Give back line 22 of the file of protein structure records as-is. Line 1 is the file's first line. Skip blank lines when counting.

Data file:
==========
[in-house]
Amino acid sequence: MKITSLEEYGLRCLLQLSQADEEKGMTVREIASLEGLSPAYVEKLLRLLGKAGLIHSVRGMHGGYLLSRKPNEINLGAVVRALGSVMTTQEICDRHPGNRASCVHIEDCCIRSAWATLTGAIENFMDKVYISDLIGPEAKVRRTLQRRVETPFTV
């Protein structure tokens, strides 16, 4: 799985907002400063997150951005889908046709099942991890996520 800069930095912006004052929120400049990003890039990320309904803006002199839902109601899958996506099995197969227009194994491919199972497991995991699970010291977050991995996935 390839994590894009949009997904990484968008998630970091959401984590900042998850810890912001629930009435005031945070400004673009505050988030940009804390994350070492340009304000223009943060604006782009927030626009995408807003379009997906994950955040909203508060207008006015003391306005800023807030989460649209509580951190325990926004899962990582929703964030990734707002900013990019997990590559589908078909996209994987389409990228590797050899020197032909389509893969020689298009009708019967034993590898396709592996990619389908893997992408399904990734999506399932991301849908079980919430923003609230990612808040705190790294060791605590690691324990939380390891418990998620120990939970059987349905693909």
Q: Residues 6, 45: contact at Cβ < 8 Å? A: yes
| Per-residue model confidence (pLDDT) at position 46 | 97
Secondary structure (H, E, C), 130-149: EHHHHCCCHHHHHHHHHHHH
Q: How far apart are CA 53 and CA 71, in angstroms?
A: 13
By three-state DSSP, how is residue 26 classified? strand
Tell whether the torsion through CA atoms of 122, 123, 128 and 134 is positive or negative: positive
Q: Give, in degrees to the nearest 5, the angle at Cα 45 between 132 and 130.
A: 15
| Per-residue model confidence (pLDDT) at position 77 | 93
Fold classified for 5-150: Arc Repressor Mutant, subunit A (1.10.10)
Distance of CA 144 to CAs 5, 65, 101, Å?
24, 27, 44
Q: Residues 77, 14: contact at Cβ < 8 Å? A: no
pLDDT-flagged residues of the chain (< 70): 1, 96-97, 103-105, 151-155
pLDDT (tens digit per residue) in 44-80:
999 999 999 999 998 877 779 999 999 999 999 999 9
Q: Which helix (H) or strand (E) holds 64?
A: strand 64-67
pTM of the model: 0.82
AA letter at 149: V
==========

A: strand 64-67